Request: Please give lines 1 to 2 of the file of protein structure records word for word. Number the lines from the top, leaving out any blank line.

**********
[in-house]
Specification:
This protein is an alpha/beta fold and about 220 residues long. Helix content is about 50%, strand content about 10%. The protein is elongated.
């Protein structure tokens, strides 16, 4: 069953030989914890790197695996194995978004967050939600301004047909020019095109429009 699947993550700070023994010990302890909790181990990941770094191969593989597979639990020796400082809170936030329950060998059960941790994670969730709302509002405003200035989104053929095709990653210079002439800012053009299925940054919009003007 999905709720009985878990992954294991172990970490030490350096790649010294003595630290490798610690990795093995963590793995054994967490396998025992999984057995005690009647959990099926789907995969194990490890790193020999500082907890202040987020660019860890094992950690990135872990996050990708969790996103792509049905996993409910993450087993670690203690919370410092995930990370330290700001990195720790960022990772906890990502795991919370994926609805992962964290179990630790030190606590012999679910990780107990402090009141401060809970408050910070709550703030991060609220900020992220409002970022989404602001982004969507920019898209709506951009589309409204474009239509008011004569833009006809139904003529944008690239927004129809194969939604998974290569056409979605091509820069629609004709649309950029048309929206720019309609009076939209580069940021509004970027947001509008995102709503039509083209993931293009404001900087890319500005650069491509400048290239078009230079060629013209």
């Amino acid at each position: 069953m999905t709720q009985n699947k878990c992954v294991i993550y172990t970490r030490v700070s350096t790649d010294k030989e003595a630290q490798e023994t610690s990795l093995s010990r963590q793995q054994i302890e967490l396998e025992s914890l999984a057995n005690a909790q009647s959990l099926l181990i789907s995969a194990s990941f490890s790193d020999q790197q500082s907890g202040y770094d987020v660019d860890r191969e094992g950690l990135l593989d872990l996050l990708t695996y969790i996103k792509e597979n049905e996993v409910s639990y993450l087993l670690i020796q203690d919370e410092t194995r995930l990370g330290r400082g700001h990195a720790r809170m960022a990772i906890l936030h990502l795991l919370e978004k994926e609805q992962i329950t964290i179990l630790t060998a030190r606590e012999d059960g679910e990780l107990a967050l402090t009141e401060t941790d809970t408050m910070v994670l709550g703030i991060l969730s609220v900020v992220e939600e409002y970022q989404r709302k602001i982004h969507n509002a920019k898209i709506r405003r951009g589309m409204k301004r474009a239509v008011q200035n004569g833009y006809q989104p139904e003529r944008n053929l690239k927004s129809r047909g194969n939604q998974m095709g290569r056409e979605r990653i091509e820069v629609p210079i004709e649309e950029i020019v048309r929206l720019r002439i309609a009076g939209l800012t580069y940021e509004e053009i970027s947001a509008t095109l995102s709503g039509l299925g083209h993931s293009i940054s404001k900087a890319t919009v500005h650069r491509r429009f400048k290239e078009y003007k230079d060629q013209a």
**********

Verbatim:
[in-house]
Specification: